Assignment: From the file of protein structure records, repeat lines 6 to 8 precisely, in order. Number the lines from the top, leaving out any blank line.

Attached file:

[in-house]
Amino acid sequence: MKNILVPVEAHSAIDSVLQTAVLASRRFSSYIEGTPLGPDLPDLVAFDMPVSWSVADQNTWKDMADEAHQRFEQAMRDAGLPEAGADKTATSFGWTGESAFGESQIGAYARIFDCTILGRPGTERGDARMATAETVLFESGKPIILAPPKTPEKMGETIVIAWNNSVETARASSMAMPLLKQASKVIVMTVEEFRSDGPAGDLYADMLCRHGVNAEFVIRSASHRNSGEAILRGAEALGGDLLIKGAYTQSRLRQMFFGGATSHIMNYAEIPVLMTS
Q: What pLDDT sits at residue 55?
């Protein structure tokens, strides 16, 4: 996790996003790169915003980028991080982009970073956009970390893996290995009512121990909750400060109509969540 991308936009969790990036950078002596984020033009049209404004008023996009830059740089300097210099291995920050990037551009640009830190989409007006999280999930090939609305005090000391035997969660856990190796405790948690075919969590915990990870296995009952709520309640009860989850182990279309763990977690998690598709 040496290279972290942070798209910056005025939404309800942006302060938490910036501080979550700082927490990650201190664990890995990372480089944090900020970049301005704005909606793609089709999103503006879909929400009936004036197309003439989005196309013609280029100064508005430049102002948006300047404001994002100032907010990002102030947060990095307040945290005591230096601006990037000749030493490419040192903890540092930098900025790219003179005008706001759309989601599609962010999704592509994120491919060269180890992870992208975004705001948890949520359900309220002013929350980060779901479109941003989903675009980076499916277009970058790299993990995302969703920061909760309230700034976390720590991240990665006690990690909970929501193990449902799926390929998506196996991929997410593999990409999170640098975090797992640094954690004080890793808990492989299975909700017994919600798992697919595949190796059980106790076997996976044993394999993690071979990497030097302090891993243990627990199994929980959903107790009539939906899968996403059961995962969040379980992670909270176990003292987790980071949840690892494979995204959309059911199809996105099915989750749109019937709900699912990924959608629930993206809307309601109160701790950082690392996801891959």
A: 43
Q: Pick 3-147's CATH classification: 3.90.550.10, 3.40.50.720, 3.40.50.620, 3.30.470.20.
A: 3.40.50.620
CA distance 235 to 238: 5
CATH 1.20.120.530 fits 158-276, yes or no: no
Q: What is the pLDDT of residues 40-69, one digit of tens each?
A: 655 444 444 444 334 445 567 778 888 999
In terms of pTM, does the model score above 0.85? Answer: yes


Q: Pick 3-147's CATH classification: 3.90.550.10, 3.40.50.720, 3.40.50.620, 3.30.470.20.
A: 3.40.50.620
CA distance 235 to 238: 5